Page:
April 17, 2013
WASHINGTON, D.C. – In an ongoing effort to protect air traffic control towers from being closed due to sequestration, U.S. Sen. Jim Inhofe (R-Okla.) today made the following statement on the introduction of the Protect Our Skies Act, bipartisan legislation of which he is an original cosponsor:
"Just a few years ago, the FAA efficiently operated its contract control towers program with $200 million less in its agency budget than it is funded at today,” said Inhofe. “To now close 60 percent of contract towers due to a 5 percent budget cut from sequestration is questionable. Four towers in Oklahoma will face closure, and as a pilot I can tell you first hand the importance these towers play for aviation safety and economic opportunity for the local communities. The introduction of the Protect Our Skies Act is another step in our ongoing effort to protect the historically cost-effective program from political games the administration is attempting to play with sequestration budget cuts. I am proud to work with Sens. Moran, Blumenthal and others to find a bipartisan solution to responsibly address budget reductions while also keeping our skies safe and towers open."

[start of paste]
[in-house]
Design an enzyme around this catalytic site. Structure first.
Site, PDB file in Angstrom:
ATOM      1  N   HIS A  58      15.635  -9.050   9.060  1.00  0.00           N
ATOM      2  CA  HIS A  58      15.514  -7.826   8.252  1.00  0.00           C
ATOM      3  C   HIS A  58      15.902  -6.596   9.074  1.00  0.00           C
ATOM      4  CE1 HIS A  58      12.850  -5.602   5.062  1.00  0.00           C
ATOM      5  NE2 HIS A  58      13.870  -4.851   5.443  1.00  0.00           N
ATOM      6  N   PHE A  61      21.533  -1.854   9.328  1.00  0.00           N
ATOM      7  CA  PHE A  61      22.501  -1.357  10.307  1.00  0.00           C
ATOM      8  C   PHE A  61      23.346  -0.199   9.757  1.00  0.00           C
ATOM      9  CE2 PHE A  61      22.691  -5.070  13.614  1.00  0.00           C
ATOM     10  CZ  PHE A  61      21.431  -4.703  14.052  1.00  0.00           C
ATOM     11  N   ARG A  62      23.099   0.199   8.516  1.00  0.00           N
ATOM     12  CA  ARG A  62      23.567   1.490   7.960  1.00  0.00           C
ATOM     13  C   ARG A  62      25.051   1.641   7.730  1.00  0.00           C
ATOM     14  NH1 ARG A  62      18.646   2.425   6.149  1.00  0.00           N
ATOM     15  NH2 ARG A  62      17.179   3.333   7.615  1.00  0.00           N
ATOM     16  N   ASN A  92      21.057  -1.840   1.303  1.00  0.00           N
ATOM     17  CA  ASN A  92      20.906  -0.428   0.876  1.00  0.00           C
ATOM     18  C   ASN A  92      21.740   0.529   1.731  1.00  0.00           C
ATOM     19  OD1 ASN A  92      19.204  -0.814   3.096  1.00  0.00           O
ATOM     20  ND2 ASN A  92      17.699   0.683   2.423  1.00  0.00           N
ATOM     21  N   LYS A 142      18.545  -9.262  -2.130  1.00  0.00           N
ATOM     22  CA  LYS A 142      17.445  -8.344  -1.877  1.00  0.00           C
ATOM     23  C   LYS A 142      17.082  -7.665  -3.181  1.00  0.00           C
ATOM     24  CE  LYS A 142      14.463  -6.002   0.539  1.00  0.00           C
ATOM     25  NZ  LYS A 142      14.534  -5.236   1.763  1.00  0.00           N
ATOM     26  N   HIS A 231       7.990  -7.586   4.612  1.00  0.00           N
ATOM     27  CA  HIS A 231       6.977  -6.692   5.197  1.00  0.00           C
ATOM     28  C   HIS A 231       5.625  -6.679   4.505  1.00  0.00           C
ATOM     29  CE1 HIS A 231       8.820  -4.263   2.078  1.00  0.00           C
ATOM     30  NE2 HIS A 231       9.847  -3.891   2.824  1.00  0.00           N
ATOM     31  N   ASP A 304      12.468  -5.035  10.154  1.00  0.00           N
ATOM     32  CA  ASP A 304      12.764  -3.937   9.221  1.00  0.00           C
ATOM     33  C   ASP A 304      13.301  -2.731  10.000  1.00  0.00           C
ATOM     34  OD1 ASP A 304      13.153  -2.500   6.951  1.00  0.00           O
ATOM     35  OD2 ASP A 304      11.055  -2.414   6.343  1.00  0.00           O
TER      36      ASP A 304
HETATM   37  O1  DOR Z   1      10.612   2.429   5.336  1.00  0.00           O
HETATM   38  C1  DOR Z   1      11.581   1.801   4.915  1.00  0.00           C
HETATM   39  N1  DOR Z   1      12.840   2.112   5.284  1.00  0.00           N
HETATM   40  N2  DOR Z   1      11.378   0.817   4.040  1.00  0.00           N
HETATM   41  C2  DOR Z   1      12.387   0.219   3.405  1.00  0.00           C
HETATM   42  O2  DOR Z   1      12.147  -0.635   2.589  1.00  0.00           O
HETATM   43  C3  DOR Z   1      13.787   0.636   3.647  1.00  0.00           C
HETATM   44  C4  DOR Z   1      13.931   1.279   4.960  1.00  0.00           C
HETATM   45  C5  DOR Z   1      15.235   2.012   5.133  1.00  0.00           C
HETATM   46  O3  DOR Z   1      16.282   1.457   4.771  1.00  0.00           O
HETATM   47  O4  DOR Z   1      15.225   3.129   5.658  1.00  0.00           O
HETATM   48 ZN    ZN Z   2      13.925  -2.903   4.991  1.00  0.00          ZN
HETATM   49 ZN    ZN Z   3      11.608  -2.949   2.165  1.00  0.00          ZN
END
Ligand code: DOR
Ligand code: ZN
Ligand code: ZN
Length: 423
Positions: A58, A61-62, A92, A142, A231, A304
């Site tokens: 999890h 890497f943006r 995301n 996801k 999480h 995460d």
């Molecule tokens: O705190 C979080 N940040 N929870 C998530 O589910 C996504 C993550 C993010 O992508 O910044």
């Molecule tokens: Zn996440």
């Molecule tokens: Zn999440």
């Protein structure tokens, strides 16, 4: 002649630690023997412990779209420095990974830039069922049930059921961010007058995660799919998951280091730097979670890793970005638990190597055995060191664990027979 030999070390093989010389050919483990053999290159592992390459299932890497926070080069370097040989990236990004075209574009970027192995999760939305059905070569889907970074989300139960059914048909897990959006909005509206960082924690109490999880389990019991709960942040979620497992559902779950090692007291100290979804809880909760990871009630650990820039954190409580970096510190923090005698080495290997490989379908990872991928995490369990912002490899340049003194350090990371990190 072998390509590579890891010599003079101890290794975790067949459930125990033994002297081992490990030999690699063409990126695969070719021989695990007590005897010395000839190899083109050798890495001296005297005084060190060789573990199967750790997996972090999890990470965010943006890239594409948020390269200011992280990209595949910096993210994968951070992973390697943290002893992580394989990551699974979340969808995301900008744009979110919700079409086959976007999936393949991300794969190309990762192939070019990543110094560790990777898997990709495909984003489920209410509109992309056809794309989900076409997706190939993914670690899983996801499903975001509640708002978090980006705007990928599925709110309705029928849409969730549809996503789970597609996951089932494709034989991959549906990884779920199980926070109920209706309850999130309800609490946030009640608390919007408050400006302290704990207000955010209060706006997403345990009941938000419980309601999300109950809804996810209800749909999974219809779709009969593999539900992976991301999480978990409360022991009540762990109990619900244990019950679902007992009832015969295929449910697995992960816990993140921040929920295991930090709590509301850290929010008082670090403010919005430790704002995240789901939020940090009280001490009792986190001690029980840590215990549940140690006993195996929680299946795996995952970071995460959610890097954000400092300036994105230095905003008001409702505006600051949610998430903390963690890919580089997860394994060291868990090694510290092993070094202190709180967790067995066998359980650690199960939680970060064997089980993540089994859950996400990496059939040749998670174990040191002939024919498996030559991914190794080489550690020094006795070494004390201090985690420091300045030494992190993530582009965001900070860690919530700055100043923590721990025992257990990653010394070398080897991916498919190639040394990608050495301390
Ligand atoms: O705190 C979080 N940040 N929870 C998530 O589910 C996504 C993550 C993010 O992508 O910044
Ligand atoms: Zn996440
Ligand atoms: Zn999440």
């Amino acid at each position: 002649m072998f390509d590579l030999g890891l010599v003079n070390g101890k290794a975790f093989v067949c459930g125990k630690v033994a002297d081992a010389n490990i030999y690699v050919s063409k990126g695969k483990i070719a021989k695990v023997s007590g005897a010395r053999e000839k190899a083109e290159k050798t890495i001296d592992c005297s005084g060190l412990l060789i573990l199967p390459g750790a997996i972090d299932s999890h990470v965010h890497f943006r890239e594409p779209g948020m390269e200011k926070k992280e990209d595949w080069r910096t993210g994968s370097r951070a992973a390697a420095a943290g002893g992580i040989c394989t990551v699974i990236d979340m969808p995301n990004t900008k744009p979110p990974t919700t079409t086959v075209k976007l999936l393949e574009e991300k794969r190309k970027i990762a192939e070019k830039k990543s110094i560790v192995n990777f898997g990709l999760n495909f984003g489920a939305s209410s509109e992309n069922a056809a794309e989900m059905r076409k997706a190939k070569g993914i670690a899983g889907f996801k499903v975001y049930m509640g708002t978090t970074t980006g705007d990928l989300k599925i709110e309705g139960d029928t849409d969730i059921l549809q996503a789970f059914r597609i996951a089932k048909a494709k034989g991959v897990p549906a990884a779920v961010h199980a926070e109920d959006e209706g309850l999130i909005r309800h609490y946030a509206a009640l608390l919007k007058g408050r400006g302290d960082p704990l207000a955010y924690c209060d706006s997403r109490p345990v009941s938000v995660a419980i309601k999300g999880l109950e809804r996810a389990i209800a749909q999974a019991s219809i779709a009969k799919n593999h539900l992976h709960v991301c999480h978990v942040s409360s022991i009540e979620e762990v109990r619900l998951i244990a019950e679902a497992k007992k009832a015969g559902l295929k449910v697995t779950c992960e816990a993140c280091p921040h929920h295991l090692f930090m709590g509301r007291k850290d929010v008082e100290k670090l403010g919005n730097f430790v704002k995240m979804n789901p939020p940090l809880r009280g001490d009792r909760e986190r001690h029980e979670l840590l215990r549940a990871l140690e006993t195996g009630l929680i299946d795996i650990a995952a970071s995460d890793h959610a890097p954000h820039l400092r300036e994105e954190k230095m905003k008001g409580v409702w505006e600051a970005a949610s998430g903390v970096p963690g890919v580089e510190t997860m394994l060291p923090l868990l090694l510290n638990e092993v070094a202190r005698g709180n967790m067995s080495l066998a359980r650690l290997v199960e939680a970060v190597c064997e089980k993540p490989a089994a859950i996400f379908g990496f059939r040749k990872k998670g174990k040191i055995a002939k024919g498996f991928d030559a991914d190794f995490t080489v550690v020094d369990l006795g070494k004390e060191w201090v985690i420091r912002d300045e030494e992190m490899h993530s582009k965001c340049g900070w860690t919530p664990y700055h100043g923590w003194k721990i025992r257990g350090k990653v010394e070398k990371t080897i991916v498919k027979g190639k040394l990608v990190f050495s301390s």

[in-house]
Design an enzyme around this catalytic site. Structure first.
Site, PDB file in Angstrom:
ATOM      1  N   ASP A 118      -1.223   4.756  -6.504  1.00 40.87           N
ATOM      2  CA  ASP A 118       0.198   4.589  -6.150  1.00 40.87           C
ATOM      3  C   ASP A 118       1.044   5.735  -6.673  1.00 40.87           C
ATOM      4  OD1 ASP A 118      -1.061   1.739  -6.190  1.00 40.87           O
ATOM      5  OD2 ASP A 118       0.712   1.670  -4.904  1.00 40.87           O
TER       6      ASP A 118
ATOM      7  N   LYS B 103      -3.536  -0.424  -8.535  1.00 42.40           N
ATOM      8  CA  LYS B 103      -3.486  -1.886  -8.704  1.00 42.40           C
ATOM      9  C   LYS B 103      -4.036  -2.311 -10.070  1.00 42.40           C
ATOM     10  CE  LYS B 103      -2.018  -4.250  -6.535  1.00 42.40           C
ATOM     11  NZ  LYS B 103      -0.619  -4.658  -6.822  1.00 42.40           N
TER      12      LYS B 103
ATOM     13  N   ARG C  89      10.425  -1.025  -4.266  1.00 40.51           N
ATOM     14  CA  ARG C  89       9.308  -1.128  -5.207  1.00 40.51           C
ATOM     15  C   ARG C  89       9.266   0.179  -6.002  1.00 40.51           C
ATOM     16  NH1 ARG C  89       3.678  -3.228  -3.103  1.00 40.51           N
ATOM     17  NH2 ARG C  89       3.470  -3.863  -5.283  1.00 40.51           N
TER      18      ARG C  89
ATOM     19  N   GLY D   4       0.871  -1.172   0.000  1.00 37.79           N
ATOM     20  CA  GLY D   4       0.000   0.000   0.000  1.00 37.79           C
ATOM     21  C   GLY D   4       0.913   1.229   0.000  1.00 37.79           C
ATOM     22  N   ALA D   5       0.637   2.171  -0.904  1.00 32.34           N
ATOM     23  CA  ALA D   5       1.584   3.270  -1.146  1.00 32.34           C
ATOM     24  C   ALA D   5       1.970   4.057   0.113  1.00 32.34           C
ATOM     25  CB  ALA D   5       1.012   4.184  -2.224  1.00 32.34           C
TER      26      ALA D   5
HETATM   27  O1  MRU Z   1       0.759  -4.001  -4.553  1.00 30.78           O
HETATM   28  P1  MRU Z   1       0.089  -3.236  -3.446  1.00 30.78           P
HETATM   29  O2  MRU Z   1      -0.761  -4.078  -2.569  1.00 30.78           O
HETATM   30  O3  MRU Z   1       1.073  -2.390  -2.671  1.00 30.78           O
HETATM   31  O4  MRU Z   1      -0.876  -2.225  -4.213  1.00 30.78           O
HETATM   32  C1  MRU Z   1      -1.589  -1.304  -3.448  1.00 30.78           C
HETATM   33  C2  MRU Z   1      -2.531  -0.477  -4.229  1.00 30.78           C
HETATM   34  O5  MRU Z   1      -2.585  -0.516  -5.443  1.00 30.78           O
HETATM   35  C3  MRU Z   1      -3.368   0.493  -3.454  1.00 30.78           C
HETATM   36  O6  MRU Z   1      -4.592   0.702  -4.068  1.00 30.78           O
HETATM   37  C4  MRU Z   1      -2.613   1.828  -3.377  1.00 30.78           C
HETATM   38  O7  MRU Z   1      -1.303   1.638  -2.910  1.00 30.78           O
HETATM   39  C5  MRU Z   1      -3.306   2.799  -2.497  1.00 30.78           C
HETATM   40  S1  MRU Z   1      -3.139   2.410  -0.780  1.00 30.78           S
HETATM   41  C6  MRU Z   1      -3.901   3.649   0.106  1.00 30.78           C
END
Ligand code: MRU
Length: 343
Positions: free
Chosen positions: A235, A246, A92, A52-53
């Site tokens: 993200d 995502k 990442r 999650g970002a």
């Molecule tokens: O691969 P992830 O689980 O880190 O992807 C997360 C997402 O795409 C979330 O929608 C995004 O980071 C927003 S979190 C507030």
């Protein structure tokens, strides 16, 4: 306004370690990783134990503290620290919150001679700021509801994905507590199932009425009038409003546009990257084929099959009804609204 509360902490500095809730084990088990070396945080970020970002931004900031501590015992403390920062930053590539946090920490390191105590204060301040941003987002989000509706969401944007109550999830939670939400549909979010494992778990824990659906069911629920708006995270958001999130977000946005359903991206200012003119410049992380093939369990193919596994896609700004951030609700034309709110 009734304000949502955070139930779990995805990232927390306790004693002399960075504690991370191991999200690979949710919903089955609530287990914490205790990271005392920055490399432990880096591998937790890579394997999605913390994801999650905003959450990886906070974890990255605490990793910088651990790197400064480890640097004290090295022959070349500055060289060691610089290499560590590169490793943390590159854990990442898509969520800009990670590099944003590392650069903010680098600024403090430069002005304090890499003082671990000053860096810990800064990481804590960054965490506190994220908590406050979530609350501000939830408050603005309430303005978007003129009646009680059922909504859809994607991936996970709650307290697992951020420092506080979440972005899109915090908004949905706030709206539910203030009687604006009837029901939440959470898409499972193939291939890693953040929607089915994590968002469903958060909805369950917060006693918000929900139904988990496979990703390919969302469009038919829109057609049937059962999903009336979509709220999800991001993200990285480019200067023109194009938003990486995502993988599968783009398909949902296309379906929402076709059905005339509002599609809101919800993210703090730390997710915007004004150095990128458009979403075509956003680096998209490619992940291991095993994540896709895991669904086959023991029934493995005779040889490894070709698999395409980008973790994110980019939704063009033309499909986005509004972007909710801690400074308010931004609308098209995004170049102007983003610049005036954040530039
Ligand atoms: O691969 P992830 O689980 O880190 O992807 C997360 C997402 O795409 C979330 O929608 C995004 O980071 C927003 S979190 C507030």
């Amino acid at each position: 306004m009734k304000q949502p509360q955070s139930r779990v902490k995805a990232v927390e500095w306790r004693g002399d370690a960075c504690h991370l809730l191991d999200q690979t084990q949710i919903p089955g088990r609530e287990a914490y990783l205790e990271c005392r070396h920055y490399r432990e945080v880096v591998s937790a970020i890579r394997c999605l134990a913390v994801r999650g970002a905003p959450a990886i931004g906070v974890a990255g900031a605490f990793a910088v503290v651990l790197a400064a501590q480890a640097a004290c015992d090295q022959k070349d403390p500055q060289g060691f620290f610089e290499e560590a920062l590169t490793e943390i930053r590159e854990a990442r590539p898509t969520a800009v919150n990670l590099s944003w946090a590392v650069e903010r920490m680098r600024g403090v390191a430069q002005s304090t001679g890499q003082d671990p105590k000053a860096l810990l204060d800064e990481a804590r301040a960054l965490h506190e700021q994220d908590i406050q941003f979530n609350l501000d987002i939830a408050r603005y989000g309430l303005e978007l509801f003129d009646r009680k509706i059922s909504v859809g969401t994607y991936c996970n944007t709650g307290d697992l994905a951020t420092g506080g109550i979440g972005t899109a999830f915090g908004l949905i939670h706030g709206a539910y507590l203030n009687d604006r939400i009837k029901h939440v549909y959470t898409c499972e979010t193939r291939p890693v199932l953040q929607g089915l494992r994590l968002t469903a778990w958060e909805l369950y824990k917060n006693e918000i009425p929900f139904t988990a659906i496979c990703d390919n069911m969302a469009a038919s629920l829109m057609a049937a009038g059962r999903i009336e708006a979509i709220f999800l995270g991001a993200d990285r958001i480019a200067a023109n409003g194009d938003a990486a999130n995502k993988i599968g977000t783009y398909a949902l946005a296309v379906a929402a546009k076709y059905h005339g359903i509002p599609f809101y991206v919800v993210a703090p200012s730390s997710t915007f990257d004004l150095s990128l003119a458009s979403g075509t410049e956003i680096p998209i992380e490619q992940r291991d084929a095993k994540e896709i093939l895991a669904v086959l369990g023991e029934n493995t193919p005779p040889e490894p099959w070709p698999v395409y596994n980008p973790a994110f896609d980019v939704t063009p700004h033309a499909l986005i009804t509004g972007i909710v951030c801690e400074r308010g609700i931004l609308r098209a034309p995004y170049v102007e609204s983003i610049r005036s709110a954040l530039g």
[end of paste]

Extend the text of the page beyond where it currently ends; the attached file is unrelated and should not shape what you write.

On March 22, the Department of Transportation (DOT) announced it would be closing 149 Federal Aviation Administration (FAA) contract control towers as a result of sequestration budget cuts. The decision will affect Oklahoma towers in Lawton, Norman, Wiley Post in Oklahoma City and Stillwater. While the closures were to take effect on April 7, the DOT has since delayed closures until June 15 due to legal challenges.
The Protect Our Skies Act would prohibit DOT from closing any air traffic control towers during FY 2013 and 2014. It is sponsored by U.S. Sens. Jerry Moran (R-Kan.) and Richard Blumenthal (D-Conn.) and cosponsored by a bipartisan group of 20 Senators.
Inhofe was also a cosponsor of an amendment to the Senate Democratic Budget Resolution for fiscal year 2014 that would make it easier to restore federal funding in fiscal year 2014 for air traffic control towers. The amendment was adopted by unanimous consent and the Budget Resolution passed the Senate on March 23.
On March 14, Inhofe introduced an amendment to the Senate Continuing Resolution (CR) with eight other colleagues to stop the FAA from targeting the air traffic control towers in sequestration. Click here to read more about the amendment, which was blocked from a vote.